When you must apply
A practising certificate must be applied for on or before 1 February in each year in order to be dated 1 January of that year and thereby operate as a qualification to practise from the commencement of the year.
It is therefore a legal requirement for a practising solicitor to deliver, or cause to be delivered, to the Registrar of Solicitors, on or before close of business on 1 February 2018, an application in the prescribed form correctly completed and signed by the applicant solicitor personally, together with the full appropriate fee. The onus is on each solicitor to ensure that his or her application form and fee is delivered on or before 1 February 2018.
It is the responsibility of each solicitor to ensure that they obtain a practising certificate application form, complete it properly and deliver it to the Law Society with full payment on or before 1 February 2018. Applications should be delivered to the Regulation Department of the Society at George’s Court, George’s Lane, Dublin 7; DX 1025 Four Courts. It should be noted that 1 February 2018 falls on a Thursday. Solicitors are strongly advised to send their application with full payment by registered post or courier.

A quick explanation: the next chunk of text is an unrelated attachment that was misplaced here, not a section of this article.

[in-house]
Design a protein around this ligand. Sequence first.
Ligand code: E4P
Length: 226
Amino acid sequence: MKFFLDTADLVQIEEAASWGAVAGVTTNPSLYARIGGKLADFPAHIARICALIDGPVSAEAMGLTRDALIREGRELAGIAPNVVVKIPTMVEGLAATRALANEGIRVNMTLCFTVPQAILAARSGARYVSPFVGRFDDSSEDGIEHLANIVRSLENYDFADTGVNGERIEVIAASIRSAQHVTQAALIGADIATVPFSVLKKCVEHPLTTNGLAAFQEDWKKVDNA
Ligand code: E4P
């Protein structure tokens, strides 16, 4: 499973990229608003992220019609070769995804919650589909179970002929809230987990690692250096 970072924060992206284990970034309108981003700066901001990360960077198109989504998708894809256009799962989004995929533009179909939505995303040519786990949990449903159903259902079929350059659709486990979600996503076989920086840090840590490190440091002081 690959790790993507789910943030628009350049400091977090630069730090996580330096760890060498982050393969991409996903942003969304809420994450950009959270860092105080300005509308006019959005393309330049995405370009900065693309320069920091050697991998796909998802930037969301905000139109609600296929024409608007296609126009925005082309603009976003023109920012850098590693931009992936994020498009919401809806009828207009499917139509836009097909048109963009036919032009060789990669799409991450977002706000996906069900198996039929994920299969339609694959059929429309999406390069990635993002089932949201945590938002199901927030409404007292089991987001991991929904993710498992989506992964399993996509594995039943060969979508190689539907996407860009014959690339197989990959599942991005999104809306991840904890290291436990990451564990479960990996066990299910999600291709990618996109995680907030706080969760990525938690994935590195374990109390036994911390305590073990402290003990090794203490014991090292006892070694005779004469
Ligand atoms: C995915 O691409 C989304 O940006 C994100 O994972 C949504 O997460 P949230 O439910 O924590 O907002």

A valid practising certificate application consists of a properly completed application form together with full payment. It should be noted that any incorrectly completed application form, or applications without full payment attached (or properly completed EFT form attached), will be considered to be an incomplete application, cannot be processed and will be returned. Practising certificates will be dated for the date that the Society actually receives a properly completed application with full payment.
What happens if you apply late?
Any applications for practising certificates that are received after 1 February 2018 will result in the practising certificate being dated for the date of actual receipt by the Registrar of Solicitors, rather than 1 January 2018. There is no legal power to allow any period of grace under any circumstances whatsoever.